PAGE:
Monroe–Pinkney Treaty

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The Monroe–Pinkney Treaty of 1806 was a treaty drawn up by diplomats of the United States and Britain as a renewal of the Jay Treaty of 1795. It was rejected by President Thomas Jefferson and never took effect. The treaty was negotiated by minister to England James Monroe and his associate William Pinkney on behalf of the administration of President Thomas Jefferson, and Lord Holland and Lord Auckland on behalf of the "Ministry of All the Talents" government headed by Lord Grenville.

For the Americans, the goal of the treaty was to make the British abandon the practice of impressing sailors from American ships, as well as to address the neutral trading rights of American vessels in the ongoing Napoleonic Wars, among other commercial concerns. However, the British were short of manpower for the Royal Navy and believed that many British deserters were serving on American ships. In the desperate war against Napoleon, the British believed that they could not afford to abandon impressment: offending the Americans was seen as a much lesser evil than losing to Napoleon. Therefore, no concessions on the issue of impressment were made.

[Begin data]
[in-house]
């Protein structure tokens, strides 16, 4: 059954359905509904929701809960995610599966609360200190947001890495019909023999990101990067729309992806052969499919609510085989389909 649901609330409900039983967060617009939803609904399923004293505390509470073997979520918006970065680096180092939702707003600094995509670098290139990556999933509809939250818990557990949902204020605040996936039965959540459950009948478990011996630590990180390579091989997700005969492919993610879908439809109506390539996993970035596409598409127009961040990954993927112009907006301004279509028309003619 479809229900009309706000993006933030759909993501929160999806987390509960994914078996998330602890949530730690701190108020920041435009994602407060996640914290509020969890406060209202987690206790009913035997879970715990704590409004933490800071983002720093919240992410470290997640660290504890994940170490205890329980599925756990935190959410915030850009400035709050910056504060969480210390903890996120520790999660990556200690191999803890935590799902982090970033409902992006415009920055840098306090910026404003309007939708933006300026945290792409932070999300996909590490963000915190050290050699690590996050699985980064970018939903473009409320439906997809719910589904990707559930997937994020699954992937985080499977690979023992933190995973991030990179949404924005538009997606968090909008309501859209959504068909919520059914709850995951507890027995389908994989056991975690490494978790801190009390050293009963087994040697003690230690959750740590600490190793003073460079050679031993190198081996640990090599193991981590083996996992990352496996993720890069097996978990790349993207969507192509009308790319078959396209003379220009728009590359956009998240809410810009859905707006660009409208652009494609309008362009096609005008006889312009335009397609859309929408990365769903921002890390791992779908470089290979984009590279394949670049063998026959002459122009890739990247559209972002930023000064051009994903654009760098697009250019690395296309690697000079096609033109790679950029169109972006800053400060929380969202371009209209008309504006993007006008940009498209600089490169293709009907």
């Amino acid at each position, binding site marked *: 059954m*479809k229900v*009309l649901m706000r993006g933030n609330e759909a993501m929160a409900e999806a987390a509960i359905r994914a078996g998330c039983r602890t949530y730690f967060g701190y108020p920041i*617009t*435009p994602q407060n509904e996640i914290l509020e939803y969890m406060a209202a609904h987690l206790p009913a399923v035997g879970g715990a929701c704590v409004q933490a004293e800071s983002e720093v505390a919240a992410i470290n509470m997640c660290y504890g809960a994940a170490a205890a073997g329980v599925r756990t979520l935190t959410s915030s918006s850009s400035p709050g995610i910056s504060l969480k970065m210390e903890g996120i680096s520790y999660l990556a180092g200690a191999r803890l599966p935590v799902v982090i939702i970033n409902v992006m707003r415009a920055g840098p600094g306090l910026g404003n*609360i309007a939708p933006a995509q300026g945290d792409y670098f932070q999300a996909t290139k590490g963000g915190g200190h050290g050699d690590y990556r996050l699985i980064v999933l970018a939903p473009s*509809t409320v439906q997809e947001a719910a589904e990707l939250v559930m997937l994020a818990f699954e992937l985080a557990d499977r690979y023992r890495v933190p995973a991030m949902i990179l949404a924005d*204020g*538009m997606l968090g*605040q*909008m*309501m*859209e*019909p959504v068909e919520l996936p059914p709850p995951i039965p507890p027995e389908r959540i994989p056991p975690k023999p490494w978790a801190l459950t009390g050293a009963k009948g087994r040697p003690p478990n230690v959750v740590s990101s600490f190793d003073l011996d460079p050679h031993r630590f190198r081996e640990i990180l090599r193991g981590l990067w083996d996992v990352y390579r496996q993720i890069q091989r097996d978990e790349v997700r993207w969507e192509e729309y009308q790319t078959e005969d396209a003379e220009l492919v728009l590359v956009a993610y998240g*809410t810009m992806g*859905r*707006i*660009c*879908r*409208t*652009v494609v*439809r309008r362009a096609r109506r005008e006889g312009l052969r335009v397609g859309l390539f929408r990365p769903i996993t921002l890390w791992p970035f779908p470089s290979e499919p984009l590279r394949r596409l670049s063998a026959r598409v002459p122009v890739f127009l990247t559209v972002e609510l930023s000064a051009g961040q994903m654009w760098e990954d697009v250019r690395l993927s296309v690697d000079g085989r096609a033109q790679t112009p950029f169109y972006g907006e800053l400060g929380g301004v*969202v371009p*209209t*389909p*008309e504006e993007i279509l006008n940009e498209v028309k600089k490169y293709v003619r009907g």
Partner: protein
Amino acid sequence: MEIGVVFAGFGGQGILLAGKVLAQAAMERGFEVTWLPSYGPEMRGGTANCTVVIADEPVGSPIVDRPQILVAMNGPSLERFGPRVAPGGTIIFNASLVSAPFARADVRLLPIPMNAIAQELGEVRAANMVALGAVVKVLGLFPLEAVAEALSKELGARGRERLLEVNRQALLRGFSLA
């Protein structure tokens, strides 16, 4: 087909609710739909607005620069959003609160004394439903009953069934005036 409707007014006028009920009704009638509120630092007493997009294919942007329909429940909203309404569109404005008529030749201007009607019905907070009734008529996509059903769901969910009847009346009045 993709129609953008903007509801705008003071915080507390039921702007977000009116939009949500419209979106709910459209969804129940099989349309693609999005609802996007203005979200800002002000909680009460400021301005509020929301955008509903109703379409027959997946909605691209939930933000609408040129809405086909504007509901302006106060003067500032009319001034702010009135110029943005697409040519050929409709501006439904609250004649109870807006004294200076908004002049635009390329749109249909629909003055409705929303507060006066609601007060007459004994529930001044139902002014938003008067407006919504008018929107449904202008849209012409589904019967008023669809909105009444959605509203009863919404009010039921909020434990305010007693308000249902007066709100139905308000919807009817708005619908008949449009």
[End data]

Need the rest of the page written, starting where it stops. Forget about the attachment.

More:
The negotiations were begun on 27 August 1806, and the treaty was signed on 31 December 1806. President Jefferson received the treaty in March 1807, but was disappointed and refused to submit it to the Senate for ratification. This failure to resolve differences over the issue of impressment and neutral trading rights contributed to the coming of the War of 1812.

References[edit]

  • Hickey, Donald R. (1987). "The Monroe–Pinkney Treaty of 1806: A Reappraisal". William and Mary Quarterly. 44 (1): 65–88. doi:10.2307/1939719. 
  • Horsman, Reginald (1962). The Causes of the War of 1812. New York: A.S. Barnes. 
  • Steel, Anthony (1952). "Impressment in the Monroe–Pinkney Negotiation, 1806–1807". American Historical Review. 57 (2): 352–369. doi:10.2307/1849880.